Hurricanes can cause high winds strong enough to tear up trees. Photo credit: Image from

Hurricanes are powerful forces of nature. A hurricane, also known as a tropical cyclone, is a storm that occurs in tropical places near the equator that has high winds and heavy rainfall. Depending on which ocean you’re near, hurricanes can also be called typhoons or just cyclones. They are the most violent storms on earth, with intense winds, flooding, and other hazards that can cause damage to whatever is in their path. 

Why are hurricanes so powerful, and why do they happen? What’s in a hurricane, and why do they have names and categories? In this blog post, we’ll get to the center of this storm and learn about this unique weather system.

How do hurricanes happen?

Hurricanes form near the equator. They use warm water to gather energy and suck in the moist air above the surface of the ocean, which forms clouds that rotate with the spin of the Earth through a process called “closed circulation.” This means that hurricanes rotate differently depending on the hemisphere they’re in. In the Northern hemisphere, they rotate counterclockwise, while in the Southern, they rotate clockwise. This phenomenon is called the Coriolis Force.

Satellite image of Hurricane Dorian. Image from NASA,

Hurricane Ivan captured by NASA Spaceborn Atmospheric Infrared Sounder (AIRS). Image from NASA,

The anatomy of a hurricane

The average hurricane is 300 miles wide. Image from NASA,

There are three main parts to a hurricane, and they all have distinct weather patterns:

The eye: Have you ever heard the phrase, “the eye of the hurricane?” Whoever said it may have been talking about having a moment of calm in the middle of chaos. That’s exactly what the eye is—a spot in the center of the hurricane where the winds aren’t very strong and there are no clouds. On average, the eye can be 20 to 40 miles across, but they can be much larger or smaller than that! The eye of the hurricane may look perfectly safe, but it’s important to remember that the rest of the storm is churning right outside.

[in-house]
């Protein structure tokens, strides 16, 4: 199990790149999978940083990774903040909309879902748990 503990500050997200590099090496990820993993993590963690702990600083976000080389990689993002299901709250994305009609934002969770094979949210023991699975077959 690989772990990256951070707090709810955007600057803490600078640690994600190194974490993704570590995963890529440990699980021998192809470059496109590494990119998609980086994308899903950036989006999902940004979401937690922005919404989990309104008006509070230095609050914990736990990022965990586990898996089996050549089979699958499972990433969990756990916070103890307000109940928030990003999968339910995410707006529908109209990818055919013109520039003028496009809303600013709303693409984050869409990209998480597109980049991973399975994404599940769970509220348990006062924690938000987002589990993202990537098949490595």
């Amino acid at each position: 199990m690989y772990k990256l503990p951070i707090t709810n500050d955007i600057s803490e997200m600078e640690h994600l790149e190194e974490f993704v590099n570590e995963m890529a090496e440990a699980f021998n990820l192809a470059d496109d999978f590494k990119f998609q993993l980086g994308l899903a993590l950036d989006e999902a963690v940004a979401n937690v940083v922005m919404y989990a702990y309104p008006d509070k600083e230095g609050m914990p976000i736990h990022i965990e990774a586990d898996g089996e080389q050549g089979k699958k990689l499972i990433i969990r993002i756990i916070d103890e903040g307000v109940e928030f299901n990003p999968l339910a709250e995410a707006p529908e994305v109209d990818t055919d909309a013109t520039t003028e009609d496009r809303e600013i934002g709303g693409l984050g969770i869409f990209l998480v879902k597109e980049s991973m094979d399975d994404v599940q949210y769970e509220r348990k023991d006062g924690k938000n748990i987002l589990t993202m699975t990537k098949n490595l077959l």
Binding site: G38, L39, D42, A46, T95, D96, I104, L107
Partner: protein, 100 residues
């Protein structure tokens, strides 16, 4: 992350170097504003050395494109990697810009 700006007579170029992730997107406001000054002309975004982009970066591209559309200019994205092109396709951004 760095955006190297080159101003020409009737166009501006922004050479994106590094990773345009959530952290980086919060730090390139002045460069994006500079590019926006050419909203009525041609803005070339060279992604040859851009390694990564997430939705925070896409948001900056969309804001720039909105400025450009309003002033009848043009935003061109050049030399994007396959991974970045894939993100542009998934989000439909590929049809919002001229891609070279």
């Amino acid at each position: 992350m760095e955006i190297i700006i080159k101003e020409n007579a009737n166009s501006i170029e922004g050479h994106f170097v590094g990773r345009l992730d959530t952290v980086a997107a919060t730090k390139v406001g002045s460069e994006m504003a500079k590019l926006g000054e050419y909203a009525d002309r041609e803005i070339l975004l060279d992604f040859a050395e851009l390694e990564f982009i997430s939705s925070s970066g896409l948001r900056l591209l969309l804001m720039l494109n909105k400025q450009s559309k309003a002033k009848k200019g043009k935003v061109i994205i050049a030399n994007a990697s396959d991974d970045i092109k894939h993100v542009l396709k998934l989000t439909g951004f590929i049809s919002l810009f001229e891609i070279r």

The eye wall: This is the chaos beyond the eye, the spot where the hurricane is most intense. The eye wall is a ring of thunderstorms that line the outside of the eye. These storms produce the strongest winds and heaviest rainfall in the hurricane. 

The rain bands: These are the swirling clouds that you can see spiraling out of the center of the hurricane. They can radiate out for hundreds of miles and cause rain and thunderstorms far away from the actual hurricane.

Hurricanes have categories, and names too!

In order to know how strong and potentially dangerous a hurricane is going to be, hurricanes are assigned categories based on the Saffir- Simpson Hurricane Wind Scale. This scale lets people know how much damage a hurricane may cause so they can prepare if they are in the storm’s path. There are five categories, based on wind speed:

  •     Category 1 Hurricane: Winds 74-95 mph
  •     Category 2 Hurricane: Winds 96-110 mph
  •     Category 3 Hurricane: Winds 111-129 mph
  •     Category 4 Hurricane: Winds 130-156 mph
  •     Category 5 Hurricane: Winds more than 157 mph 

Sometimes, the winds aren’t strong enough for the storm to be considered a hurricane, and it is classified as a tropical depression or tropical storm instead:

  •     Tropical depressions: Winds less than 39 mph
  •     Tropical storms: Winds 39-73 mph

Hurricanes are also given names by the World Meteorological Organization. This is because sometimes multiple hurricanes or tropical storms can happen around the same time. Naming hurricanes prevents confusion and helps the news relay warning messages, so that people that may be in the path of the Hurricane know what precautions to take. The names are pulled from one of six alphabetical lists organized by the National Hurricane Center. One list is used per year, so the names are reused every six years.

Hurricane Genevieve pictured from the International Space Station. Image from NASA,

Hurricanes are certainly forces to be reckoned with. They are a great example of nature’s awesome power, as well as the hazards of violent weather. Hopefully next time you hear about a hurricane hitting the coast, you can name the parts that you see and know how strong the winds are based on the category.

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About the Author: Sophia Holt-Wilson is a senior at Indiana University in the Media School with a specialization in advertising management. She is the Public Relations Intern at WonderLab for the 2020-2021 academic year.